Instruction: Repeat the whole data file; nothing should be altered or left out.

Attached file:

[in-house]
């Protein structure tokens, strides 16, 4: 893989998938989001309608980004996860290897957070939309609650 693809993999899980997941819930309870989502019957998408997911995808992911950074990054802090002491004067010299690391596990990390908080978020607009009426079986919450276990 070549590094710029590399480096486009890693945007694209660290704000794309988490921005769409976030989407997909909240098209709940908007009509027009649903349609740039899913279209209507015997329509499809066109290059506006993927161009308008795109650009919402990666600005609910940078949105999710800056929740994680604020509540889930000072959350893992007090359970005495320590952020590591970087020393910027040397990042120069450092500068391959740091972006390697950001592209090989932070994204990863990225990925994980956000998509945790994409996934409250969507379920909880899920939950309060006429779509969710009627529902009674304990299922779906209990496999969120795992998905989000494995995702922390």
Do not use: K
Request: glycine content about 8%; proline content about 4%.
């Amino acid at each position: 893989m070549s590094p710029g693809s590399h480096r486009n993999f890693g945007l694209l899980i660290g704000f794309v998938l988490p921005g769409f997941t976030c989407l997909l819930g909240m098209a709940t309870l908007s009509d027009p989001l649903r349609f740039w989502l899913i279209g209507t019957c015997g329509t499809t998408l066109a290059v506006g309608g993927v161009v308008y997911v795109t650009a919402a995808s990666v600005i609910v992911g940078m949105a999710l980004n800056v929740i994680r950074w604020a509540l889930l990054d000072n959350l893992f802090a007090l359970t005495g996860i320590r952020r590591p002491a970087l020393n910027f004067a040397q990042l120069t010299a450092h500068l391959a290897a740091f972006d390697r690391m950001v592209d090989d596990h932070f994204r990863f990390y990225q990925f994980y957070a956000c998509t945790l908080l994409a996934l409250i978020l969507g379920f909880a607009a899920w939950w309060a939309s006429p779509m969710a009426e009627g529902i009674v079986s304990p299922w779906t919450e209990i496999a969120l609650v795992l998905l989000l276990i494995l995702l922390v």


[in-house]
């Protein structure tokens, strides 16, 4: 893989998938989001309608980004996860290897957070939309609650 693809993999899980997941819930309870989502019957998408997911995808992911950074990054802090002491004067010299690391596990990390908080978020607009009426079986919450276990 070549590094710029590399480096486009890693945007694209660290704000794309988490921005769409976030989407997909909240098209709940908007009509027009649903349609740039899913279209209507015997329509499809066109290059506006993927161009308008795109650009919402990666600005609910940078949105999710800056929740994680604020509540889930000072959350893992007090359970005495320590952020590591970087020393910027040397990042120069450092500068391959740091972006390697950001592209090989932070994204990863990225990925994980956000998509945790994409996934409250969507379920909880899920939950309060006429779509969710009627529902009674304990299922779906209990496999969120795992998905989000494995995702922390």
Do not use: K
Request: glycine content about 8%; proline content about 4%.
């Amino acid at each position: 893989m070549s590094p710029g693809s590399h480096r486009n993999f890693g945007l694209l899980i660290g704000f794309v998938l988490p921005g769409f997941t976030c989407l997909l819930g909240m098209a709940t309870l908007s009509d027009p989001l649903r349609f740039w989502l899913i279209g209507t019957c015997g329509t499809t998408l066109a290059v506006g309608g993927v161009v308008y997911v795109t650009a919402a995808s990666v600005i609910v992911g940078m949105a999710l980004n800056v929740i994680r950074w604020a509540l889930l990054d000072n959350l893992f802090a007090l359970t005495g996860i320590r952020r590591p002491a970087l020393n910027f004067a040397q990042l120069t010299a450092h500068l391959a290897a740091f972006d390697r690391m950001v592209d090989d596990h932070f994204r990863f990390y990225q990925f994980y957070a956000c998509t945790l908080l994409a996934l409250i978020l969507g379920f909880a607009a899920w939950w309060a939309s006429p779509m969710a009426e009627g529902i009674v079986s304990p299922w779906t919450e209990i496999a969120l609650v795992l998905l989000l276990i494995l995702l922390v």